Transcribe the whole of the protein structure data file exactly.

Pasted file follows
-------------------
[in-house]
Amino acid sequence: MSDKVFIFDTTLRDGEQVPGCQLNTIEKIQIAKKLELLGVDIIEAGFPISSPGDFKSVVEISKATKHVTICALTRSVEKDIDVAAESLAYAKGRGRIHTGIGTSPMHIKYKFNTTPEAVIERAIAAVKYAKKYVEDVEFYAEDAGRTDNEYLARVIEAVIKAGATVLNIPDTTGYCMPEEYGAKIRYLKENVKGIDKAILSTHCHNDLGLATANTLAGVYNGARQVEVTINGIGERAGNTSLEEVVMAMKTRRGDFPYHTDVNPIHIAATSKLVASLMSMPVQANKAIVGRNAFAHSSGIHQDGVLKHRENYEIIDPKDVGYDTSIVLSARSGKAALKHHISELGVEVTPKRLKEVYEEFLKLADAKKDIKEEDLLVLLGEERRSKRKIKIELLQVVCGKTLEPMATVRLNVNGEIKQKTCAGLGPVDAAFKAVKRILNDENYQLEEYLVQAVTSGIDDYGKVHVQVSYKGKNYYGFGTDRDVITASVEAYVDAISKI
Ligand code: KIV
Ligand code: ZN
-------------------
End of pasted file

[in-house]
Amino acid sequence: MSDKVFIFDTTLRDGEQVPGCQLNTIEKIQIAKKLELLGVDIIEAGFPISSPGDFKSVVEISKATKHVTICALTRSVEKDIDVAAESLAYAKGRGRIHTGIGTSPMHIKYKFNTTPEAVIERAIAAVKYAKKYVEDVEFYAEDAGRTDNEYLARVIEAVIKAGATVLNIPDTTGYCMPEEYGAKIRYLKENVKGIDKAILSTHCHNDLGLATANTLAGVYNGARQVEVTINGIGERAGNTSLEEVVMAMKTRRGDFPYHTDVNPIHIAATSKLVASLMSMPVQANKAIVGRNAFAHSSGIHQDGVLKHRENYEIIDPKDVGYDTSIVLSARSGKAALKHHISELGVEVTPKRLKEVYEEFLKLADAKKDIKEEDLLVLLGEERRSKRKIKIELLQVVCGKTLEPMATVRLNVNGEIKQKTCAGLGPVDAAFKAVKRILNDENYQLEEYLVQAVTSGIDDYGKVHVQVSYKGKNYYGFGTDRDVITASVEAYVDAISKI
Ligand code: KIV
Ligand code: ZN